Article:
Tiffany Hua
    CHINA SEO

  15. #15
    SitePoint Wizard triexa's Avatar
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    Quote Originally Posted by Tiffany Hua View Post
    I have totally read the content on this page but still feel confused about this. Further, it seems that "addslashes" is better?
    I didn't read the articles, but I searched google for "mysql_real_escape_string vs addslashes" and got some good results.

    the title says it all
    another title says it all
    ...and more...

    Did you happen to search google before (or even after) posting your question? I can only assume you didn't because then your question would have been answered?
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  16. #16
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    strip_tags() is the best stripper for html related tags.
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  17. #17
    SitePoint Member Tiffany Hua's Avatar
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    Quote Originally Posted by triexa View Post
    I didn't read the articles, but I searched google for "mysql_real_escape_string vs addslashes" and got some good results.

    the title says it all
    another title says it all
    ...and more...

    Did you happen to search google before (or even after) posting your question? I can only assume you didn't because then your question would have been answered?
    I didn't search after posting, but now I got it.
    Tiffany Hua
    CHINA SEO

  18. #18
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    I would recommend using the escape_string() much simpler.

  19. #19
    SitePoint Wizard silver trophy kyberfabrikken's Avatar
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    Quote Originally Posted by bangkok_knight View Post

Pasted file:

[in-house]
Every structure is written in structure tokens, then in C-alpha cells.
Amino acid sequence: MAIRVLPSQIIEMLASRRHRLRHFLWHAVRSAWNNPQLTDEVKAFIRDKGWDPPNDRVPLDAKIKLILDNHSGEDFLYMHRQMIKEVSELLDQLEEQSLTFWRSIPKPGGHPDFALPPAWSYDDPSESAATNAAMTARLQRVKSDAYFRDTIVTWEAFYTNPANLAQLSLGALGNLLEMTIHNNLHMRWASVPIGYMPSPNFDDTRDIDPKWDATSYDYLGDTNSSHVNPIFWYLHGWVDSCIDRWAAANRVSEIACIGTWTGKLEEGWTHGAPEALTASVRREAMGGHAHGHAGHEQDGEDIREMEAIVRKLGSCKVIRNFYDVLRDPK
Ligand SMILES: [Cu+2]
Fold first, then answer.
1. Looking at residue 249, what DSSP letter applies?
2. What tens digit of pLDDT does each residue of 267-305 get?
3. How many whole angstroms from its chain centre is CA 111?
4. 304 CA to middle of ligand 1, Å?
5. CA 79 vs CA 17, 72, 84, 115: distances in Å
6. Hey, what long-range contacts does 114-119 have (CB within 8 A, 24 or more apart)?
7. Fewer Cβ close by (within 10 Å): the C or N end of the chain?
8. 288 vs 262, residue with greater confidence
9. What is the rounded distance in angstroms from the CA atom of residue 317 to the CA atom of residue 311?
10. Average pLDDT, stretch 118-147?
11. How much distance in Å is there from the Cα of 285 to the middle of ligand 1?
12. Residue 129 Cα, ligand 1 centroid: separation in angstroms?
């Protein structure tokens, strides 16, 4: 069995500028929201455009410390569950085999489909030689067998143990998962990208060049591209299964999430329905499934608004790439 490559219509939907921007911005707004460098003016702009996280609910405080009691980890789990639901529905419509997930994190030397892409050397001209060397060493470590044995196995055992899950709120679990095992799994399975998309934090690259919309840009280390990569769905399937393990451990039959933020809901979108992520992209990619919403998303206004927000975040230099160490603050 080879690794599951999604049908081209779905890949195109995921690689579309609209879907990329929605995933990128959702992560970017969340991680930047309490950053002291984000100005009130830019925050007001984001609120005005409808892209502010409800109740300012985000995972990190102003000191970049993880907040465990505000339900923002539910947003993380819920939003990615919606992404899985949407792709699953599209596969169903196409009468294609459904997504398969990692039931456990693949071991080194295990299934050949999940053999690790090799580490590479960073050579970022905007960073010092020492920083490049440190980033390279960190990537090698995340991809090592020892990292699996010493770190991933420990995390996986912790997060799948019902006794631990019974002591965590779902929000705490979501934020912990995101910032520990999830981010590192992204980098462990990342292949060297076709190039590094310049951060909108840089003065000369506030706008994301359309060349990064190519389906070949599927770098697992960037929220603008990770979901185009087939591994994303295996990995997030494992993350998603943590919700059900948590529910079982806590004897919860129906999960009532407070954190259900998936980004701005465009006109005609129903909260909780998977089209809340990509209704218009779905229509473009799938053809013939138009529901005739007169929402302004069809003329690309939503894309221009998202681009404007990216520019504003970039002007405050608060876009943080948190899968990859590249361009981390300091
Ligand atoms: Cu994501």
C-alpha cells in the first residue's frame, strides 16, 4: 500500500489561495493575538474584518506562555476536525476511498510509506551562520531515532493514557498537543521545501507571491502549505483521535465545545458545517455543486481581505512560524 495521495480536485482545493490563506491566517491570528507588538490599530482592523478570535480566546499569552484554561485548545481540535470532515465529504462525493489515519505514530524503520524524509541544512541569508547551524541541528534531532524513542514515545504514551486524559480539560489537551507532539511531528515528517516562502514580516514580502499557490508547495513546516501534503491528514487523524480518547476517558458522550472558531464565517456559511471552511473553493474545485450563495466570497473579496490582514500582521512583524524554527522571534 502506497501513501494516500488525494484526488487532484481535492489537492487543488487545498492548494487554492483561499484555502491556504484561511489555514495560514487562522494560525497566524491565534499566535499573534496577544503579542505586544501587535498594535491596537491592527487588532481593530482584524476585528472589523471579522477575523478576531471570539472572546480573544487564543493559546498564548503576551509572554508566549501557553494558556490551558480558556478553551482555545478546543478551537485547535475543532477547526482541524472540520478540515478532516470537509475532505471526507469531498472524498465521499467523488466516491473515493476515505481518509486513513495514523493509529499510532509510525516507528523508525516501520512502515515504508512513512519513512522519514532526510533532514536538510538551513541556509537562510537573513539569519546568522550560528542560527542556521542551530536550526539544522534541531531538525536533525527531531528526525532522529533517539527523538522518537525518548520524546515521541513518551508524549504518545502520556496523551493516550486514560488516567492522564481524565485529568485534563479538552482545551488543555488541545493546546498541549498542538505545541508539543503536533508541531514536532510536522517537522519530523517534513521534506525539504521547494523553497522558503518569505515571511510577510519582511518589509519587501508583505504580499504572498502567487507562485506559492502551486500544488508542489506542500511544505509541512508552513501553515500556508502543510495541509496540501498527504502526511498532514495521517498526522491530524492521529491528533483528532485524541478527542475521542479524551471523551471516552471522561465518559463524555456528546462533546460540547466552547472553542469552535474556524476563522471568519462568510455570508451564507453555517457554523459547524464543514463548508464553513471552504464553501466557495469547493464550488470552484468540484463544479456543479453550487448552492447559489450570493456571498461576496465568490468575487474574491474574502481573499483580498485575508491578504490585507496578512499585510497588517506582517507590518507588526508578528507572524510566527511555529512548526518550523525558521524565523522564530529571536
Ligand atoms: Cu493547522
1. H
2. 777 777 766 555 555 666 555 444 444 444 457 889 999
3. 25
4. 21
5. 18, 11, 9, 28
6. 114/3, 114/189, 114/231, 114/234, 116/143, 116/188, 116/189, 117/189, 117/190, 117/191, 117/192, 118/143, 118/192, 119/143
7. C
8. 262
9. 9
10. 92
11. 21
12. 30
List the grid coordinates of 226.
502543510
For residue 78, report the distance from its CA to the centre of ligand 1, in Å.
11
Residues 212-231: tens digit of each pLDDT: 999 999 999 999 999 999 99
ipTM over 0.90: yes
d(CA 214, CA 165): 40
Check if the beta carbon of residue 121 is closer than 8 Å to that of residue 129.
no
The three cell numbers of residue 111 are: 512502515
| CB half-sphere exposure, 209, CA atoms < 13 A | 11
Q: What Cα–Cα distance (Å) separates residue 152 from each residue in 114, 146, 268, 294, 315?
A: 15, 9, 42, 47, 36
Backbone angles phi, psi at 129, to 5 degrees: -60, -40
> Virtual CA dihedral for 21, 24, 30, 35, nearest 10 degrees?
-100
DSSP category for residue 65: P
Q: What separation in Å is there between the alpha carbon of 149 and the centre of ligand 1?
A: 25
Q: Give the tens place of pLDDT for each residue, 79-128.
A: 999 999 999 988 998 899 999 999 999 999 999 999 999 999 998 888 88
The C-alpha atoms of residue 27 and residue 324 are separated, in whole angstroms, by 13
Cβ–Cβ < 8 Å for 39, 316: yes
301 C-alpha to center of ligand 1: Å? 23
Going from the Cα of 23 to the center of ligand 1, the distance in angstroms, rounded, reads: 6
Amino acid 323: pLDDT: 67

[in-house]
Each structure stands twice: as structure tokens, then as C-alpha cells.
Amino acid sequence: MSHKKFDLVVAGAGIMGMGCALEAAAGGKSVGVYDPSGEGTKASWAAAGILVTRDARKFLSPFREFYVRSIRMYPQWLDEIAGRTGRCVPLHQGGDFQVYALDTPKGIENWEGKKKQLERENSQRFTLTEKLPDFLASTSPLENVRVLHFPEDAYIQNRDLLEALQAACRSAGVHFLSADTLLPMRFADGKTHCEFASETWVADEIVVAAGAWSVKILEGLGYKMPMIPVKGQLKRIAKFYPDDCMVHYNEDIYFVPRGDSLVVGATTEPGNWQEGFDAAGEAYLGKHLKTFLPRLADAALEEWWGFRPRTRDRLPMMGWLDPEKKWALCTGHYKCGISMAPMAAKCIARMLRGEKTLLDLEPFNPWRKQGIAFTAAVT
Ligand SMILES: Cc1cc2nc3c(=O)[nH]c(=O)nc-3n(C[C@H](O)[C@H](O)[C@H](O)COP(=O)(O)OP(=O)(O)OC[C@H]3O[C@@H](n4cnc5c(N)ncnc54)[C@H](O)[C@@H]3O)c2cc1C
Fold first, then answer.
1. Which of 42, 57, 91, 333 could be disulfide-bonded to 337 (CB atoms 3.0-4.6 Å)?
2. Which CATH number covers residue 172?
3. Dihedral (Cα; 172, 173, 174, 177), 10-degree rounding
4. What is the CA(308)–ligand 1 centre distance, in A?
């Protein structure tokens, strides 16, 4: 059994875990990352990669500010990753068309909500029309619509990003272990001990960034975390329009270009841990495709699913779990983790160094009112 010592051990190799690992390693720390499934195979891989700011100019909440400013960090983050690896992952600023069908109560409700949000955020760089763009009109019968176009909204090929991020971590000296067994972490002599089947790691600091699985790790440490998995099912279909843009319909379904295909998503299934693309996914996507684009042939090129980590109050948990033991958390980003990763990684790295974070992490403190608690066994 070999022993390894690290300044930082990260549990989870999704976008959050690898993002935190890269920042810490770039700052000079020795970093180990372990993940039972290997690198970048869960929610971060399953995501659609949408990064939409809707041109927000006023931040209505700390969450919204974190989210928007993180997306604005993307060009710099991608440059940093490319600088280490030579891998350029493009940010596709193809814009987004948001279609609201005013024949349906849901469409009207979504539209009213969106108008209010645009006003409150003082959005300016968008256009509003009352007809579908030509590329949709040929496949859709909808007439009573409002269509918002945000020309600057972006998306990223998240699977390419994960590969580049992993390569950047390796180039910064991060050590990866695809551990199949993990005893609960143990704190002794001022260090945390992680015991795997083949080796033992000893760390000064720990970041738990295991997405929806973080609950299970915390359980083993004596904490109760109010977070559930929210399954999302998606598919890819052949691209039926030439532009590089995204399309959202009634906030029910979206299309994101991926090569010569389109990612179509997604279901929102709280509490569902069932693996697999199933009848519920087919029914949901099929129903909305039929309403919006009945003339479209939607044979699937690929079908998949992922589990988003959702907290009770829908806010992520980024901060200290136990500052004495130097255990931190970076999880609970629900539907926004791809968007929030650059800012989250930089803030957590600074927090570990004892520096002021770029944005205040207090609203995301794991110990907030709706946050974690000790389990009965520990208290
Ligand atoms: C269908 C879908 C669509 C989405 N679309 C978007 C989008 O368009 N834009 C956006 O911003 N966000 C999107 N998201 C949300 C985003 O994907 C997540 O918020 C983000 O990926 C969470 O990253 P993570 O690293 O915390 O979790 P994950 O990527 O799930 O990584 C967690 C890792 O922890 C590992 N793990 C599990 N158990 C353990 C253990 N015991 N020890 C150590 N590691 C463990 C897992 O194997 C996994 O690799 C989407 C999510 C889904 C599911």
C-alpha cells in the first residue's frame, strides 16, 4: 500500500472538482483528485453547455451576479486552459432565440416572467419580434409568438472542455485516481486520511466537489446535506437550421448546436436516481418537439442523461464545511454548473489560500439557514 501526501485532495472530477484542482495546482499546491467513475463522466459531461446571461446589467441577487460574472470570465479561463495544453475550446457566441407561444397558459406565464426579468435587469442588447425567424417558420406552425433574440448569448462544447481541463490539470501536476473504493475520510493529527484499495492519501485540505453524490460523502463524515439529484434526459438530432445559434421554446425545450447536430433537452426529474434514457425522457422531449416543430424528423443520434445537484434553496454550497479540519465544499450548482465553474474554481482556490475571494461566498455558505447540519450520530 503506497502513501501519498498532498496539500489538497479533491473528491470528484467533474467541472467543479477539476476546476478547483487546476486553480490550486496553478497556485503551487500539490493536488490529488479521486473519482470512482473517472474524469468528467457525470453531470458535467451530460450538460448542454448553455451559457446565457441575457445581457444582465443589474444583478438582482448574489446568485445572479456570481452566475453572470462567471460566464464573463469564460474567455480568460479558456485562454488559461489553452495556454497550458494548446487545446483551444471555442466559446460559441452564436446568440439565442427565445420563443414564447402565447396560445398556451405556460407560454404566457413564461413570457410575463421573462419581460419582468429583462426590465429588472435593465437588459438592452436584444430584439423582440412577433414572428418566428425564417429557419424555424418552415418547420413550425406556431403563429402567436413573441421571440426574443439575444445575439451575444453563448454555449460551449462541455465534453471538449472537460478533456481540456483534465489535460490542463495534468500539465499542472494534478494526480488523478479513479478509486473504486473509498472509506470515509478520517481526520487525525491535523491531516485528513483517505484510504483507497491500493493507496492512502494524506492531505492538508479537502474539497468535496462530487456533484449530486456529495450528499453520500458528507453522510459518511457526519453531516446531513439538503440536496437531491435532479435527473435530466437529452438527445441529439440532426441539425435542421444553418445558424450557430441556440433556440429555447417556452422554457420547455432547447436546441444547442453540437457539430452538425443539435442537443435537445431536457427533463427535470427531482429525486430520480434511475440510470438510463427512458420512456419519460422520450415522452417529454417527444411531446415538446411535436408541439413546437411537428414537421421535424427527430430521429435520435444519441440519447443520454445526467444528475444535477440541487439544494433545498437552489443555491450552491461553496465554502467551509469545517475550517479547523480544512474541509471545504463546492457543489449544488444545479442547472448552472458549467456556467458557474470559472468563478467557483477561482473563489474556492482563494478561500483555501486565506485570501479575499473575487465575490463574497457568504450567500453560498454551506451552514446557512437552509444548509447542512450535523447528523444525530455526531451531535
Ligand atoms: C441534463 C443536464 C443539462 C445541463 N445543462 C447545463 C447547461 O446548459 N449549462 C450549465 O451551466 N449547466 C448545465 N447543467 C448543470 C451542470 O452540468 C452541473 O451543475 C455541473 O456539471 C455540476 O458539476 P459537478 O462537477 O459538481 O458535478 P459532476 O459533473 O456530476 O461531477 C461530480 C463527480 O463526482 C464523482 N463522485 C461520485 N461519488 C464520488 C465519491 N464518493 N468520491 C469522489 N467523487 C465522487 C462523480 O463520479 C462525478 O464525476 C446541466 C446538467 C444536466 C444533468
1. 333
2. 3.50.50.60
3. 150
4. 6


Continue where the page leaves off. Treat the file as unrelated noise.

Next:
I would recommend using the escape_string() much simpler.
    There is no such function.

  20. #20
    Programming Since 1978 silver trophybronze trophy felgall's Avatar
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    Quote Originally Posted by kyberfabrikken View Post
    There is no such function.

    It is a reference to mysql_real_escape_string() and the equivalent for other databases.
    Stephen J Chapman

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  21. #21
    SitePoint Member Sasha Smaili's Avatar
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    thanks for the tip!

  22. #22
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    I think mysql_real_escape_string() is safe enough.

  23. #23
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    Thanks for the link MrOrange that is a great read and I wish I had read it years ago.

  24. #24
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    Thanks for pointing the stuffs. Just came directly here from google search. I too have a similar problem

  25. #25
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    The post by triexa claims the addslashes() function will be removed in php6.
    does that also mean magic_quotes_gpc will disappear since that auto-runs addslashes() on all POST/GET input.

    another thing it seems that not all database specific APIs have a function to add slashes to the string.

    besides, I am looking for a way to code as database independant as possible,
    so I am not really happy with using a database specific slashing function.

    and if I understand this exploit problem correctly, as long as I ensure my data is valid UTF-8 encoded, this exploit could not be used.